This week some blogging friends and I launched a new project, a weekly online show about money called the Money Mastermind Show. The show will be a live show streaming on Google+ every week on Wednesday at 9pm central/10pm eastern. It will also be available on YouTube for later viewing, if you can’t make it at that time.
Our first episode this week was just an introduction to all the panelists, as well as a broad ranging conversation about money, and how we all need to have a philosophy about money that guides our decision making.
Today I thought I’d share that first episode of the show here, and then talk about my ideas about why having a money philosophy is important, and what steps you can take in order to come up with your own philosophy.
Why Is Having A Philosophy About Money Important?
I think it’s important to nail down your money philosophy as soon as you can, because how you view your money matters, and affects your end results.
If your philosophy is that money is something to pursue that will make you happy, or can be used to buy things that will make you happy, you’ll find yourself on an endless hamster wheel going nowhere fast. You’ll probably end up with a bunch of debt as well.
Money has never made man happy, nor will it, there is nothing in its nature to produce happiness. The more of it one has the more one wants. – Ben Franklin
If you have a healthy philosophy about money, one that treats money as a tool, and not as an end goal, you’re more likely to come out on the other side with money in your bank account, and a healthier approach to earning, giving and spending your money.
Time is your friend when it comes to growing your savings for retirement, so the sooner you can figure out how you feel about money, and what approach you’ll be taking to your money, the better.
many people wait too long until they’re in the 30s or 40s to start saving, never really taking a pro-active approach to their money. Far too often it takes a bankruptcy or thousands in credit card debt to change how they see money. By that time they’ve lost thousands of dollars in possible long term gains. Don’t let that happen to you.
My Personal Philosophy About Money
My money philosophy has evolved a bit over the years. I come from a pretty frugal background, where my family didn’t always have a lot of money. It was made pretty clear early in my life by my parents that you need to realize that money isn’t going to make you happy, but that it can be a tool used for good, or for bad. Put your faith in God and look to Him for meaning, and use money as a tool to do good for others, and for your family. It’s ok to enjoy what you’ve earned.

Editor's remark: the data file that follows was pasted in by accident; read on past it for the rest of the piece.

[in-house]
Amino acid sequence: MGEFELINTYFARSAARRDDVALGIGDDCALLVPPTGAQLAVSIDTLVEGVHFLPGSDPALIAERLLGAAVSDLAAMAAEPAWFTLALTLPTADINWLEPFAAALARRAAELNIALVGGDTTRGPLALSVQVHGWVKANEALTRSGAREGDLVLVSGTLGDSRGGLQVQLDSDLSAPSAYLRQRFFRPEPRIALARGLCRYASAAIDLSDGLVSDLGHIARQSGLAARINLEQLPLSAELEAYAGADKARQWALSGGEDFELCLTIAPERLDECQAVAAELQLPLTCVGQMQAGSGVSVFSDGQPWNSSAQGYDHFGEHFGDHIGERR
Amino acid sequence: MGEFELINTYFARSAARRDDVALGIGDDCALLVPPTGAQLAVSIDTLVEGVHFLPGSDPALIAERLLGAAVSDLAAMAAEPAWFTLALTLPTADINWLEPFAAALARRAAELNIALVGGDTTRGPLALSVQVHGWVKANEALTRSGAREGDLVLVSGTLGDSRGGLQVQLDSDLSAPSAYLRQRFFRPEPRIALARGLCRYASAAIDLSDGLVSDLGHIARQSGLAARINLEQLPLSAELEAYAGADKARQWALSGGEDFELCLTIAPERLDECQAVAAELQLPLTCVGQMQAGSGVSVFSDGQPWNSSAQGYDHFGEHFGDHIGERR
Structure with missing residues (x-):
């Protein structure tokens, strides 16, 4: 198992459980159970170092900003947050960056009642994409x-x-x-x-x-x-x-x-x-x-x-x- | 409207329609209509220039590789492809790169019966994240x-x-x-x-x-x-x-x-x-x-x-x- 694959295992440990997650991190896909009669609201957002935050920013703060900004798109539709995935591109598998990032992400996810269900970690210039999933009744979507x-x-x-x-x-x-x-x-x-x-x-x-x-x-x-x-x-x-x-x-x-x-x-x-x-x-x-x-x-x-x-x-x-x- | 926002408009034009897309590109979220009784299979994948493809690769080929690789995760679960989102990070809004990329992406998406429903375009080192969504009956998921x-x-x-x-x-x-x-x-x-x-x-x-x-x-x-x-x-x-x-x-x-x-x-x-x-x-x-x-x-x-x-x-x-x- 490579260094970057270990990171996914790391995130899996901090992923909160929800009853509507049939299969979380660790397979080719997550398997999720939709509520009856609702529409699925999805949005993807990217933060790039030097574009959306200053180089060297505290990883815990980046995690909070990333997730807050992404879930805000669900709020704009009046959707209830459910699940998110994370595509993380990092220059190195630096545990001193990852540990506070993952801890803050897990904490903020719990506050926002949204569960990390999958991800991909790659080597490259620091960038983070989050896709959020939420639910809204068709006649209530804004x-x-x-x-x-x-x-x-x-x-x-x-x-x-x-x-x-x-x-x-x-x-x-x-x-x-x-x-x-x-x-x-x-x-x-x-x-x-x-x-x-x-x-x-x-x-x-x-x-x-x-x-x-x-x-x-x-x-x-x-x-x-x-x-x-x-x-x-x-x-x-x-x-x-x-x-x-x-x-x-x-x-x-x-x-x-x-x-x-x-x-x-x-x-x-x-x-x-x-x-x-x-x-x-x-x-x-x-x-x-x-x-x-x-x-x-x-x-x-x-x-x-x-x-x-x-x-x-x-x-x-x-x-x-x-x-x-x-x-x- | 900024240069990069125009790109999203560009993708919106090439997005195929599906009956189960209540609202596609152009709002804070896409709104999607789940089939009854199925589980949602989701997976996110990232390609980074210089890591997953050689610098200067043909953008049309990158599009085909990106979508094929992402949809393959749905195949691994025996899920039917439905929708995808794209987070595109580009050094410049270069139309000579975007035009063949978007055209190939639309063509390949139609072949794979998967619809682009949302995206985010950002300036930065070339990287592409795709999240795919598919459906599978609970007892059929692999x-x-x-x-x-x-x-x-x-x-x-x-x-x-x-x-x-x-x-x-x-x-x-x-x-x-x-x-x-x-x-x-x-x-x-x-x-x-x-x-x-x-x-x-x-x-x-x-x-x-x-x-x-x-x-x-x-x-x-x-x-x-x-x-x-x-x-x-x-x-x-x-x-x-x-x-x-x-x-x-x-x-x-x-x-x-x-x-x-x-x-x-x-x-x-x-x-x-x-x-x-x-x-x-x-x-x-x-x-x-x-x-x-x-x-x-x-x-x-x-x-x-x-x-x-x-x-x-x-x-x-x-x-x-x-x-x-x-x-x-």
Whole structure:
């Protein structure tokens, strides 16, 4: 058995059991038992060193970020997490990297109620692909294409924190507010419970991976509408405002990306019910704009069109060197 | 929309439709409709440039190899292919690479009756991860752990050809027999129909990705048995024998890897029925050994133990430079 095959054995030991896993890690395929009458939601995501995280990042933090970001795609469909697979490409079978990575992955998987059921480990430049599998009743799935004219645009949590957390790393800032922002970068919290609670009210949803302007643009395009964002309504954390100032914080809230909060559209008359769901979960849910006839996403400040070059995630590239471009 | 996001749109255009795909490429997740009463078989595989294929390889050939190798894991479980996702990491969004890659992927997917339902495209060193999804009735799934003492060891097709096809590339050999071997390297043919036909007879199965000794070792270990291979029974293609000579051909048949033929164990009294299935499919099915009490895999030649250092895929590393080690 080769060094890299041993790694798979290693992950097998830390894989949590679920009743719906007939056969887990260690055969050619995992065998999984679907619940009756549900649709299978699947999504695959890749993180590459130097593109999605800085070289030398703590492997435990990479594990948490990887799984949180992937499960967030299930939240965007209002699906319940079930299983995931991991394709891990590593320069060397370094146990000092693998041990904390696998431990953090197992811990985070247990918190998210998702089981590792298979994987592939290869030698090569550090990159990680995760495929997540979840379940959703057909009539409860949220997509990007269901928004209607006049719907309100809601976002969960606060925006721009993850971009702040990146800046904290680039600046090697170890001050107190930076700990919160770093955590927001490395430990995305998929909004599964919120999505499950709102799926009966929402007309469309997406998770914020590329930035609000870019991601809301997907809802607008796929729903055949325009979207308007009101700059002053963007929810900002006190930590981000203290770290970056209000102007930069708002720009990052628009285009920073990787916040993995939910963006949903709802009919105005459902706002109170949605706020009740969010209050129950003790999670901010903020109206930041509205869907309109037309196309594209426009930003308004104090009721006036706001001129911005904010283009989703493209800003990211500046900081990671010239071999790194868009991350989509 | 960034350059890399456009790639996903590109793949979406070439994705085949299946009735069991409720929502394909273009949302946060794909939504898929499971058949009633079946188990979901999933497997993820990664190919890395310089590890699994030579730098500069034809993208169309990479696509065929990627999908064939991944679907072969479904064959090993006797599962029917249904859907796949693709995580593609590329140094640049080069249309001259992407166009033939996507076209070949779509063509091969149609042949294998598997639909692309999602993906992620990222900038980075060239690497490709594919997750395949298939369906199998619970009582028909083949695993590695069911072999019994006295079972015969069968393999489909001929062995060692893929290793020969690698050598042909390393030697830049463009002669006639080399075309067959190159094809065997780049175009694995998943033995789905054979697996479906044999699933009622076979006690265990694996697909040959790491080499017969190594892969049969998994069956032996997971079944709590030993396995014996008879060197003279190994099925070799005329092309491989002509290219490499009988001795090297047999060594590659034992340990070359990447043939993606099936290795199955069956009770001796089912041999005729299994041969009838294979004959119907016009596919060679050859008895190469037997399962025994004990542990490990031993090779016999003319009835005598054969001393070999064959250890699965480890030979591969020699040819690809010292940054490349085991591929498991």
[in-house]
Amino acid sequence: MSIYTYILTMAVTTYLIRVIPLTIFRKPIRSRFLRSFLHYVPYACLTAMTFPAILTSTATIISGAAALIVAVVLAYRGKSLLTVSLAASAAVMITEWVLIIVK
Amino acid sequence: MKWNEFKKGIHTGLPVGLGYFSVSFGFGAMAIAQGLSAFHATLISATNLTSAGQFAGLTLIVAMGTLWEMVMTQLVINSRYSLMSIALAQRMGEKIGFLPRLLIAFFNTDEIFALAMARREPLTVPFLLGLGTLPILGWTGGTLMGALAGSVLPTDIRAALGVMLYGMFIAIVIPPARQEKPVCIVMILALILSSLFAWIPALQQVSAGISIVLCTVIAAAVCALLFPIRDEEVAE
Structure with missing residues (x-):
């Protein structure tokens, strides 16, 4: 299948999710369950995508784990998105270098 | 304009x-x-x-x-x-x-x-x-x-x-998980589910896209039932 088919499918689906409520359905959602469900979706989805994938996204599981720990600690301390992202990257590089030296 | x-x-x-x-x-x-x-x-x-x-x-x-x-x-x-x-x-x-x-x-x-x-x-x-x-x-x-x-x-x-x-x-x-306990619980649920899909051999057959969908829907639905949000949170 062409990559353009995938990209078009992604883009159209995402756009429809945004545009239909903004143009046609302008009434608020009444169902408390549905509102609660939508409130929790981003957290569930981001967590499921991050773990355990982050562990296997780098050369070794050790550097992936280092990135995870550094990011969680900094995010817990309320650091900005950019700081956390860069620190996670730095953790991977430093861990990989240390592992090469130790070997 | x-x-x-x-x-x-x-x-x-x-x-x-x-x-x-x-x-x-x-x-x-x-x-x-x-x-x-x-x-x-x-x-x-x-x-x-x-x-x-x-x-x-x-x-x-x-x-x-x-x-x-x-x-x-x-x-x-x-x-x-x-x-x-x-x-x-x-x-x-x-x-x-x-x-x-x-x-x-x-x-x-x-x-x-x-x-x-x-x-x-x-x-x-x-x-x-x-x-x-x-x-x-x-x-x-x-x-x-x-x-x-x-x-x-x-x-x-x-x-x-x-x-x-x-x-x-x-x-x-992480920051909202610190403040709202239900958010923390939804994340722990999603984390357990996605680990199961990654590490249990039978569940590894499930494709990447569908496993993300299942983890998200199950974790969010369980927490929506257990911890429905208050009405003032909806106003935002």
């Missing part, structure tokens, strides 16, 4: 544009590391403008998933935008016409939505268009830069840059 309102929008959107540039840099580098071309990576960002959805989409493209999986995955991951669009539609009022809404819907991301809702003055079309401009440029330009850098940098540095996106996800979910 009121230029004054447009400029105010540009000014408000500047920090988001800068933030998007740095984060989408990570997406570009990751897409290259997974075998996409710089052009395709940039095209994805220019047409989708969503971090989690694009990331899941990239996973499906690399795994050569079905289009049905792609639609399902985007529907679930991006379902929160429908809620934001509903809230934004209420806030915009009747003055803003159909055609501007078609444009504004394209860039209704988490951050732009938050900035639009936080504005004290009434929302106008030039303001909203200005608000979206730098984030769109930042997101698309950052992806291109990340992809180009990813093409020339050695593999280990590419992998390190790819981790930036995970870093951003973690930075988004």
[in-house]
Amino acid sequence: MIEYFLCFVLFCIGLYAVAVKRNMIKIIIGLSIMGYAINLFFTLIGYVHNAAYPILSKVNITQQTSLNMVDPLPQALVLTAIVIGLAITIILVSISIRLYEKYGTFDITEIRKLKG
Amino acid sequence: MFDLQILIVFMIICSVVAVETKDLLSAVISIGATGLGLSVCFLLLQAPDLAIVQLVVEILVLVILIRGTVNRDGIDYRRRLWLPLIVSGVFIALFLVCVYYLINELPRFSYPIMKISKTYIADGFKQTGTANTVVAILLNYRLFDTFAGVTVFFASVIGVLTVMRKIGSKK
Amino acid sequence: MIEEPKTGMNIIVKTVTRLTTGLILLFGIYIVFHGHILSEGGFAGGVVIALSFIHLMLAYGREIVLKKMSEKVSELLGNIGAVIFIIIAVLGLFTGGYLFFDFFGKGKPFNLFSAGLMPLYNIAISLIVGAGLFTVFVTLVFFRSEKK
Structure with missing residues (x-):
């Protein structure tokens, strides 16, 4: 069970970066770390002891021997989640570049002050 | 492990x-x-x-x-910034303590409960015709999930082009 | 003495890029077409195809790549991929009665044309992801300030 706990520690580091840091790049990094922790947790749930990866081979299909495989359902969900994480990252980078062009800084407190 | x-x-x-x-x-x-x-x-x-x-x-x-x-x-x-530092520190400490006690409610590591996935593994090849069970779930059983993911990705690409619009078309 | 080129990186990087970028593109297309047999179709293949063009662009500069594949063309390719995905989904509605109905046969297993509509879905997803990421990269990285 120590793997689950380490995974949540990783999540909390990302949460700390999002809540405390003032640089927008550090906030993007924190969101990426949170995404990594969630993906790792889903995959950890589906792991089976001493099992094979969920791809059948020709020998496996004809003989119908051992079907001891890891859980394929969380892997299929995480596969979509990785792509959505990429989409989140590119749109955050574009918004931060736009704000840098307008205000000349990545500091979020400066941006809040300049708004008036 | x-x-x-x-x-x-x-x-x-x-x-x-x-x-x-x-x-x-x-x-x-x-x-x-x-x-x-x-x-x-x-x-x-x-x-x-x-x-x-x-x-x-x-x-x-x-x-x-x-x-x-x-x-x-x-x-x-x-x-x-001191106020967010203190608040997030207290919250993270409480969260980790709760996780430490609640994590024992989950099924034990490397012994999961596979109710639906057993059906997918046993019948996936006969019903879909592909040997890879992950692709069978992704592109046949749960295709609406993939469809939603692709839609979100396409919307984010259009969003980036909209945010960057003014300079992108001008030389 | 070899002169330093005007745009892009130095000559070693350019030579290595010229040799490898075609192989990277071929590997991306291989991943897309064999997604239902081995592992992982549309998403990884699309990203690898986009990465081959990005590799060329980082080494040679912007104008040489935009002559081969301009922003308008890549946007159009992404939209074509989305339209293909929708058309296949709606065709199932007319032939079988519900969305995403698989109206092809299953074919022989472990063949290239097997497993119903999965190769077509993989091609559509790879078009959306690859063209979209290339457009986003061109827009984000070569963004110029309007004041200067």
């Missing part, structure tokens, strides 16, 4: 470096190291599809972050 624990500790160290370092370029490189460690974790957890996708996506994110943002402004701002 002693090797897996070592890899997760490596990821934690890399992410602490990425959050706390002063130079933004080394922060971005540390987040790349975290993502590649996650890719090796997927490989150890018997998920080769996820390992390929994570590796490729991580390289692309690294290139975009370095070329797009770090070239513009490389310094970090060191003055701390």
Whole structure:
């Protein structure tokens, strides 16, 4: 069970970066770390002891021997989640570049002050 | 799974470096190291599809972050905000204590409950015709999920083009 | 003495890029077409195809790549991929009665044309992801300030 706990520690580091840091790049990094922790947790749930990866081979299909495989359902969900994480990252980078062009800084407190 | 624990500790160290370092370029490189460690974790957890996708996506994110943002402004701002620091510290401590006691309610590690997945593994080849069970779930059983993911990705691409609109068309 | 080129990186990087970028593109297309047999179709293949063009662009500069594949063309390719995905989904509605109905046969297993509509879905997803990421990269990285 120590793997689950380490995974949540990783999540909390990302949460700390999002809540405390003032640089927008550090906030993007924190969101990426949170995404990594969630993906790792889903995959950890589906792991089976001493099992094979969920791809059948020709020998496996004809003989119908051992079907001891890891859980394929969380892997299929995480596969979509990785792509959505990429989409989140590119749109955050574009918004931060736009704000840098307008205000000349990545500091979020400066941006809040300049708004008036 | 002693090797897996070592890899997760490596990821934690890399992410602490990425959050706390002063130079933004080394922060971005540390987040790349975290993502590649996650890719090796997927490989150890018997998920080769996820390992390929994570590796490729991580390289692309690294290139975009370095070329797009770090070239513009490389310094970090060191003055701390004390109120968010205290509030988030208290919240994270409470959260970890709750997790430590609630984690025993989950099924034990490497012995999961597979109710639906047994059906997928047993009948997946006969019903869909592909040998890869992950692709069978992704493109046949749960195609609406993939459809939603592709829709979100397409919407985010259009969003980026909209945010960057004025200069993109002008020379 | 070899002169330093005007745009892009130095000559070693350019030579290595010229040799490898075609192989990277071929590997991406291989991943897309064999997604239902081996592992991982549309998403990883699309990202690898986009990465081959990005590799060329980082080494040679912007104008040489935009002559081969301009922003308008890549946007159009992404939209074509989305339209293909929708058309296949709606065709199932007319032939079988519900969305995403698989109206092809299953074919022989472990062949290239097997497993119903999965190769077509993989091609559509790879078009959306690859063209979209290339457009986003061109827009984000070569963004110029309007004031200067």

My site’s tagline is “Give more. Save more. Live more”. It speaks to why I believe we should pay attention to our finances. If we pay attention to our money, we’ll be able to use our money for good purposes – for giving more to others. We’ll be able to save more for our retirement and for our children’s education. We’ll be able to use the money we’ve saved in order to live our lives to the fullest – while not dragging ourselves and our families down with debt and worries.
So here is my money philosophy broken down:
- Money is a tool, that can be used for good, or for bad, purposes.
- Don’t look for money to make you happy, it can’t. Look elsewhere – in my opinion, faith in a higher power.
- Live below your means or you’ll never get ahead.
- Do your best to live without debt.
- Give generously.
- Save as much as you can.
- Live your life, splurge every once in a while – but stay within your budget.
- Give some more.
- Failure is OK, make it a learning tool. Refresh and re-tool when a mistake is made. As Zig Ziglar once said, “Failure is a detour, not a dead-end street.”.
These bullet points are really only the beginnings of my philosophy, which to some degree is always evolving. So have you come up with your own philosophy about money?
Tips To Figure Out Your Money Philosophy
Coming up with your own philosophy doesn’t have to be rocket science. It really just comes down to asking yourself what you value in life, where your priorities are, what goals you have and how you can bring them to fruition.
Here are a few things you can do
- Figure out what is important to you: What is most important to you? Giving? Travel? Having kids?
- Set goals: Set immediate, short term, long term goals that you would like to achieve.
- Figure out how you can achieve those goals. What steps will you need to take? What sacrifices will you need to make? Will you need to change your thoughts or behavior to come in line with those goals?
- Shape your money philosophy around your values: Look to your values when coming up with your philosophy, and then find a way that you can achieve your immediate/short term and long term goals.
I’d love to hear what you have to say about your own money philosophy? What are your beliefs about money, and how do they guide you?